Psst... We're working on the next generation of Chowhound! View >
HOME > Chowhound > Gardening >
Jul 2, 2009 05:26 AM

Fruit flies love lemon basil?!

I have a pot full of basil sitting on my window sill (clove, sweet, and lemon) next to a japanese eggplant plant (that seems to hate the full sun it claims to love). A few weeks ago, I noticed a sudden infestation of fruit flies (or at least that's what they look like), not many but all were around the lemon basil. The flies have been steadily increasing little-by-little (I've already got one of those water-soap-vinaigre jars sitting on the sill), but this morning, I woke up to find that there's an entire army of the darned things and they've migrated to the nearby plants (they've pretty much stuck with the lemon basil before) because there's so, so many.

So far, the flies have not flown anywhere, except for the ocassional one or two every few days. However, it makes me feel like I'm keeping a filthy home to have fruit flies (because I'm crazy). Can anyone please, please help with an explanation for my fruit flies problem? Is repotting my only option for getting rid of these critters??

  1. Click to Upload a photo (10 MB limit)
  1. If they're actually fruit flies, you can make a trap for them- put a little wine in a jar, make a paper cone, tape it in the jar so they have to go down in the small end to get to the wine. Make sure to tape everything so there are no holes for them to escape. Since they will fly up to escape, they will try to go through the glass and be trapped. Then you can either throw the whole thing in the trash, or run soapy water into it and drown them. If they don't go in the trap, they could be fungus gnats, which are about the same size. They breed in the soil... maybe you could spray something on the soil surface? You can also buy sticky yellow traps for the gnats.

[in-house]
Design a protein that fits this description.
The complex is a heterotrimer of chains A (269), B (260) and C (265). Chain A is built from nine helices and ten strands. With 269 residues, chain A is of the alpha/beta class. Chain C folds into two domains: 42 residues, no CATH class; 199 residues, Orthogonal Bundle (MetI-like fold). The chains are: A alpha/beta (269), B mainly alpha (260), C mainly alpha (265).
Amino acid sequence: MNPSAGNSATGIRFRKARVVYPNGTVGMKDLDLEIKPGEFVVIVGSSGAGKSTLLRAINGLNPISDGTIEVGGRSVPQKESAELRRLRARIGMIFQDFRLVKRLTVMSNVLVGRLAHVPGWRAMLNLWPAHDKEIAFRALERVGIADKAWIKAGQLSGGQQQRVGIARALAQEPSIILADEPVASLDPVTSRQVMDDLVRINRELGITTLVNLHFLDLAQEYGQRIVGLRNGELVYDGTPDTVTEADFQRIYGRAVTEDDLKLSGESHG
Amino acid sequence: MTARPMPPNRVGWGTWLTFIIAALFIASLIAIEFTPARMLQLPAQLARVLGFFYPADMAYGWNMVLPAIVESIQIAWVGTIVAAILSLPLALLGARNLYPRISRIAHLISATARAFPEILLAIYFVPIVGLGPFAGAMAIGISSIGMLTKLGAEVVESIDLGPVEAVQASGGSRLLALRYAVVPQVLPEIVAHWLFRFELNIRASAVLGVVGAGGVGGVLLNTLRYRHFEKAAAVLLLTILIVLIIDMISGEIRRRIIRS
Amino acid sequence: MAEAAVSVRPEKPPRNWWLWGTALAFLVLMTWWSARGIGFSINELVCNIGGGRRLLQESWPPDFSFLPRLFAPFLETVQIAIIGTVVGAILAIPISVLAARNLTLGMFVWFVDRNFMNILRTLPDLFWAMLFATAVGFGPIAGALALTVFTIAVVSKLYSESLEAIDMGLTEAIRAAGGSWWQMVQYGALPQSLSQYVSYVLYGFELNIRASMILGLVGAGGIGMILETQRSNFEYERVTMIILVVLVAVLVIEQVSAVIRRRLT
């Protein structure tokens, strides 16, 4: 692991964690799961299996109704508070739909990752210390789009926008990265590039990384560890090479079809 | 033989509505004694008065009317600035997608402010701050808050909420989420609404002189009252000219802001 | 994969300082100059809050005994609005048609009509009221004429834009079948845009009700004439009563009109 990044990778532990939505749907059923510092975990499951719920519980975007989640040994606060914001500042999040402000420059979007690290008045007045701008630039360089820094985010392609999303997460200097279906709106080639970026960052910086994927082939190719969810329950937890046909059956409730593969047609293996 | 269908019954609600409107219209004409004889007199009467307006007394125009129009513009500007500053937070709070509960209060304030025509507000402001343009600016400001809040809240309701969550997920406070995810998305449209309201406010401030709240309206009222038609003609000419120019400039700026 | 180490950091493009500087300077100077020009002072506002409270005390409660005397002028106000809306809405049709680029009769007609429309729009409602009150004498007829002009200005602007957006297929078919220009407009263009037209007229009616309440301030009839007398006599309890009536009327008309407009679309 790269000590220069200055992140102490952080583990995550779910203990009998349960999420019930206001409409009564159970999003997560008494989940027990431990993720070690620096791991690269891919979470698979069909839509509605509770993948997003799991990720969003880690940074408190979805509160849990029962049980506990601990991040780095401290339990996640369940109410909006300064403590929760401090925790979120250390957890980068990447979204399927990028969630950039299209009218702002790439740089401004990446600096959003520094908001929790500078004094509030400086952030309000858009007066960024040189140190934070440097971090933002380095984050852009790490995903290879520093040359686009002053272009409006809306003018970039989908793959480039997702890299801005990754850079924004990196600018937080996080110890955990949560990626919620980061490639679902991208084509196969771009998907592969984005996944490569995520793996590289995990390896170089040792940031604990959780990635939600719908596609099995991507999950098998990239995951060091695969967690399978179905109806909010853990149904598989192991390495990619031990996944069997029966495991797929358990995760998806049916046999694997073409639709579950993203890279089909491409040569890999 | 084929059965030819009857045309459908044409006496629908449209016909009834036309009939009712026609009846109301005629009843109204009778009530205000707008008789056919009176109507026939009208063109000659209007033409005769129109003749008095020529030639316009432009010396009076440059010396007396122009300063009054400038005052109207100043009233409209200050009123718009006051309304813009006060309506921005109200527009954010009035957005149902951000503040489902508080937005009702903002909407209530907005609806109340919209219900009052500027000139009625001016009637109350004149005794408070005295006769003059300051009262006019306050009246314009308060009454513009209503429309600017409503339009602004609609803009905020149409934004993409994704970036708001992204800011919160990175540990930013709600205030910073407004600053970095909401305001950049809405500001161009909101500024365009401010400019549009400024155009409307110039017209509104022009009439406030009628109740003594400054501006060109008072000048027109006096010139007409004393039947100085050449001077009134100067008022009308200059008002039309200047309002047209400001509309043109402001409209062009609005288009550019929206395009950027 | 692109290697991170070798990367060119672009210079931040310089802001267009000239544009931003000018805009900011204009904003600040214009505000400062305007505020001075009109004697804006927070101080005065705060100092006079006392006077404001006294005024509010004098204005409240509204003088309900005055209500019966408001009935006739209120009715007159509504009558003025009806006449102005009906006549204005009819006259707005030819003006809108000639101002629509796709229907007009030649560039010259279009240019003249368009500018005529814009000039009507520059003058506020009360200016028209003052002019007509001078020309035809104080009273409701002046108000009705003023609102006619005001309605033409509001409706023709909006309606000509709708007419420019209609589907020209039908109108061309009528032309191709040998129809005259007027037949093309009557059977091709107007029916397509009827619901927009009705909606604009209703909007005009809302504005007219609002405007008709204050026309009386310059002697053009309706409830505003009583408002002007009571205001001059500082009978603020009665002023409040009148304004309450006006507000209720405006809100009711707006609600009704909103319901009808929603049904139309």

2 Replies
    1. re: ccrow

      Definitely fruit flies for the most part - my little trap has been workind triple-time! (By the way, the trick of adding soap to the liquid to dispell water tension instead of using a cone is one I much prefer.)

      I was hoping someone here would know why my lemon basil would be so attractive to fruit flies, though. I guess maybe I'll just not grow lemon basil next year. The sweet and clove basils don't seem to be nearly as obnoxious in that regard!!

      1. re: Ali

        Over the winter I had a similar problem with my tree basil, it became INFESTED with whiteflies, to the point where spray was uesless, now that its back outside it seems to be recovering (in the sense that the new leaves seem to be largely fly free and the old, infested ones seem to have more or less all fallen off. But I am worried about waht will happen when it comes in this winter.